Saul is a disaffected young adult living with his father in London. He looks out at the unending sprawl hoping for some signs of his future in the maze of London’s streets and travel networks.
Then someone pushes his dad out of the living room window. Saul is wanted for his murder. King Rat, a stinking, wiry man with phenomenal strength and agility breaks him out of prison and offers him a new world; a world where the figures of myth and fairytale step out of the shadows in all their gruesome glory.
To tell too much more might spoil the story so let’s just say it gets more complicated. What is Saul’s true heritage? Should he trust King Rat? Who is the mysterious piper?
The novel is alive with three plot lines: Saul’s, Saul’s friends who become entangled with the piper, and that of the detective investigating Saul’s father’s death. Crime and science fiction blend well with a realistically noir depiction of London and there is no doubt that the writing is compelling.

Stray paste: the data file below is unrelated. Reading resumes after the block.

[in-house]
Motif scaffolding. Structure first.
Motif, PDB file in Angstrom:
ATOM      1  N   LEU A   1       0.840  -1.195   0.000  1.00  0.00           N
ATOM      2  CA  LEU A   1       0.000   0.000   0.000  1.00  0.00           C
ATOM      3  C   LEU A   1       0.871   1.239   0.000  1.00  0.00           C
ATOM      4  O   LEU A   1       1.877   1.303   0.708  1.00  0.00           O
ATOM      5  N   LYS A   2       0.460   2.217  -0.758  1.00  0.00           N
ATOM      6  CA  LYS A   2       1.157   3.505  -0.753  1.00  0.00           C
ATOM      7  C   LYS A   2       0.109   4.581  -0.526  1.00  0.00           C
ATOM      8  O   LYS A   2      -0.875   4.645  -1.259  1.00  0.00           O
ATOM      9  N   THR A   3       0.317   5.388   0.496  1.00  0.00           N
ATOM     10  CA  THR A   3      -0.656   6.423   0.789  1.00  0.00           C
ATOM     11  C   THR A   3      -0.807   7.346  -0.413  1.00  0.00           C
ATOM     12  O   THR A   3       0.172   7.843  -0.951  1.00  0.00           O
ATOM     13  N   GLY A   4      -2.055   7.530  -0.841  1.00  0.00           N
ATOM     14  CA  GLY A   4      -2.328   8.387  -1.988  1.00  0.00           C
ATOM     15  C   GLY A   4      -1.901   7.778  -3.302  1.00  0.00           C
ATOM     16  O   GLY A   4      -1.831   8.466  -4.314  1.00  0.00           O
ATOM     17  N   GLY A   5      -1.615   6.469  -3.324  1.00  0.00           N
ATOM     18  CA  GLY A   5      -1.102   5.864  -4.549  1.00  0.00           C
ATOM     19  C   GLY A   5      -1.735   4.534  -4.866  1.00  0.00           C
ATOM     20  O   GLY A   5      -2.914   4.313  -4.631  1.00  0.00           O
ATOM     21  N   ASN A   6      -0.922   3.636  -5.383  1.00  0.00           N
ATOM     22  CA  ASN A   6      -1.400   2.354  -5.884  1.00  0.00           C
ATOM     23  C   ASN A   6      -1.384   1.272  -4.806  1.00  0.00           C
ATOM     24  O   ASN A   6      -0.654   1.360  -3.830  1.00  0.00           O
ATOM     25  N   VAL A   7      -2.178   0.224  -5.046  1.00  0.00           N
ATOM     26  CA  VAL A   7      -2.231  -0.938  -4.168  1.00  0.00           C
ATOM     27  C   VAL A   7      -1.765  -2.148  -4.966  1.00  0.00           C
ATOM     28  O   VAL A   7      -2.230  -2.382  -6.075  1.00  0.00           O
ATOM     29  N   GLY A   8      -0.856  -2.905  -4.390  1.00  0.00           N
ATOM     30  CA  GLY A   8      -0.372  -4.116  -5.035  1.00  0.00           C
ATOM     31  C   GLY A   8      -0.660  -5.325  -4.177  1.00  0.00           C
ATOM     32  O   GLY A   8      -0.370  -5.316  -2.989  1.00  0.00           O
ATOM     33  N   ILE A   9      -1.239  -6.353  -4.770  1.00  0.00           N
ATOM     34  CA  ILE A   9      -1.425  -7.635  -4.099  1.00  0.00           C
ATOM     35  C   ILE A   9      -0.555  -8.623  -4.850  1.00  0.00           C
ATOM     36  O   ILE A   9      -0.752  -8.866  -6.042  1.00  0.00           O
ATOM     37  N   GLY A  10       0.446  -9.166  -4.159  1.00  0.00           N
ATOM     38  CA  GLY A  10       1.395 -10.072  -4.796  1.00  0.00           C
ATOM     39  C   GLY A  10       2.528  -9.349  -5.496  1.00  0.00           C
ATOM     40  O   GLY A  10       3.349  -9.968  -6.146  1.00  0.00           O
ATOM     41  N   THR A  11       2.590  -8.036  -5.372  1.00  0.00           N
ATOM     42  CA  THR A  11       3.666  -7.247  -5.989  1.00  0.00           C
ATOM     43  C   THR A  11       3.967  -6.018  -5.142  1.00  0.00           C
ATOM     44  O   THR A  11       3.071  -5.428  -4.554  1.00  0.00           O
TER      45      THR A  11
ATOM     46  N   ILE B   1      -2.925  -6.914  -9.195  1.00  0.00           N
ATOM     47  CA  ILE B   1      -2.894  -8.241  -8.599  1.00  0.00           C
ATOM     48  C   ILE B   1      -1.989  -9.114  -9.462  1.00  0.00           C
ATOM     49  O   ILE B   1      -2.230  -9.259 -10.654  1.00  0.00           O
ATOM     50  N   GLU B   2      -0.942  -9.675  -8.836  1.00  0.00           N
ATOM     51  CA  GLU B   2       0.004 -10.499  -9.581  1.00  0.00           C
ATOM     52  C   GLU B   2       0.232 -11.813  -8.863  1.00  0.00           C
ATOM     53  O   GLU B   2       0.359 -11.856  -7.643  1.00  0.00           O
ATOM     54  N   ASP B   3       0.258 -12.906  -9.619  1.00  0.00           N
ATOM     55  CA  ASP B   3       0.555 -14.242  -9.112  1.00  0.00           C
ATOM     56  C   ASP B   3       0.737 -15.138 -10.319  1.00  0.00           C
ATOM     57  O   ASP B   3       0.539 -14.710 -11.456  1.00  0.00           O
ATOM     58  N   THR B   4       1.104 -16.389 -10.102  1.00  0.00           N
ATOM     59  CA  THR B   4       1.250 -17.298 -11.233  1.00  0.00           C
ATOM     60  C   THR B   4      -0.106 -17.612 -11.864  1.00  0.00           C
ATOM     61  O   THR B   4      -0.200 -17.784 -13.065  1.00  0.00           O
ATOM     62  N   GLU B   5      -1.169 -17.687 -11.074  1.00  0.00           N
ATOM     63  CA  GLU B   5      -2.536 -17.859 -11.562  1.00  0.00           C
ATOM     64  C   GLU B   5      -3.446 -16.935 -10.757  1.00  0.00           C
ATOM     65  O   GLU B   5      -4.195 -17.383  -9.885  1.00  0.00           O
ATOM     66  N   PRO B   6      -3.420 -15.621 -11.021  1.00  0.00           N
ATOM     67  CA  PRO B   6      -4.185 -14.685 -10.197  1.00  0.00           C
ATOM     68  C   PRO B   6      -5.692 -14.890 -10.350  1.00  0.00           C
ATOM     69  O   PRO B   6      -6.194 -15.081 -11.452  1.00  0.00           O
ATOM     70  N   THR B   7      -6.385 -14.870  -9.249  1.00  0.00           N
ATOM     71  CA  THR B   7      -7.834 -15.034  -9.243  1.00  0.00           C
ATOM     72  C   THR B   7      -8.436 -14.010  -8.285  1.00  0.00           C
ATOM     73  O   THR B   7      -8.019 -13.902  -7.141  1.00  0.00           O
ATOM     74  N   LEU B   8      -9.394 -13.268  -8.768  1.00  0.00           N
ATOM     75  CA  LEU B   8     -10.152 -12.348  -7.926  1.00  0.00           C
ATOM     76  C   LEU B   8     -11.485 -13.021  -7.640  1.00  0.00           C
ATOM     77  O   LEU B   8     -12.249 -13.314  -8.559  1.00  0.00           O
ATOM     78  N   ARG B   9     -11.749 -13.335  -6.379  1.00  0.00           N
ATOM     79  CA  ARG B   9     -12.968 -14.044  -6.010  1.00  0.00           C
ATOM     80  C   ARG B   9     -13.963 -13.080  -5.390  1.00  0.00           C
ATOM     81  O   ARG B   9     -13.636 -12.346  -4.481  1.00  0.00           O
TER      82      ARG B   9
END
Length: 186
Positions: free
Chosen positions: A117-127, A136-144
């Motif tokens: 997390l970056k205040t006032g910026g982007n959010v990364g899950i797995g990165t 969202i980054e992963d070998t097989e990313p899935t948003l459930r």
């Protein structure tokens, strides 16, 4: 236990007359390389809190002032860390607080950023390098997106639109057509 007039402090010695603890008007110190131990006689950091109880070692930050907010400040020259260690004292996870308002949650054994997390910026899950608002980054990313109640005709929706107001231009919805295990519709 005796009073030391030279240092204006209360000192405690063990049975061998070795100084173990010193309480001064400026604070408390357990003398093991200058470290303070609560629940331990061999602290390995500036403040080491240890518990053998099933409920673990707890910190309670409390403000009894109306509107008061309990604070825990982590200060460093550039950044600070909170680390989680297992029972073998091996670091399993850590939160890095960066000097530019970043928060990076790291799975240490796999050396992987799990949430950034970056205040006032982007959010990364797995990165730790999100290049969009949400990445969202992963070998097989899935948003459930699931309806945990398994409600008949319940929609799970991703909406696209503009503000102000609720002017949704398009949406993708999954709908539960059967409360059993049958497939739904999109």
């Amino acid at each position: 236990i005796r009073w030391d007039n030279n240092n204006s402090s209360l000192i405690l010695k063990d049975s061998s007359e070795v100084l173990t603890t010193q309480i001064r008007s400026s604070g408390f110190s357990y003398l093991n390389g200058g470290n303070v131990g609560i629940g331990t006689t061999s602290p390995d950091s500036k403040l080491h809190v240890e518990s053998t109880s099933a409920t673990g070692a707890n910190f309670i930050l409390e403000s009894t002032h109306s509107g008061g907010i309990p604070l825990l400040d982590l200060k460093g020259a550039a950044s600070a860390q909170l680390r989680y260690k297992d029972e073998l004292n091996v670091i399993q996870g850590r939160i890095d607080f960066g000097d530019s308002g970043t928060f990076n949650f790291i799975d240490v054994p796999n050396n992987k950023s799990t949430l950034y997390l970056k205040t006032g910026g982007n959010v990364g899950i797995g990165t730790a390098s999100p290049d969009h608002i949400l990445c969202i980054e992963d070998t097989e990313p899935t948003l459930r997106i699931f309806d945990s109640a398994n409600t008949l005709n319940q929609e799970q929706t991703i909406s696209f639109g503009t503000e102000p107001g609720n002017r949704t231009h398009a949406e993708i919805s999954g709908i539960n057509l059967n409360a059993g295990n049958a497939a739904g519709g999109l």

I have been meaning to read a novel by China Miéville for a long time and I didn’t realise that King Rat was his first until I reached the end. Though I enjoyed the novel, I suspect this is only half of what China Miéville can do. There is a sense of promise, a sense that social justice, a knowledge of London, and a joy in mixing genres will bring about more interesting novels as he continues to write. Certainly it has whetted my appetite for reading more of his work.
King Rat is an energetic romp around London, the city itself seeming to provide the bass line to the melody of the story. The words enable you to see graphic art images and hear the drum and bass soundtrack. Those of you who like this sort of thing will recognise it and want to read it. I suspect some of his later work has a wider readership. I’ll have to read some and let you know.
Next week I’m reading What a Way to Go by Julia Forster, which was published this January by Atlantic Books.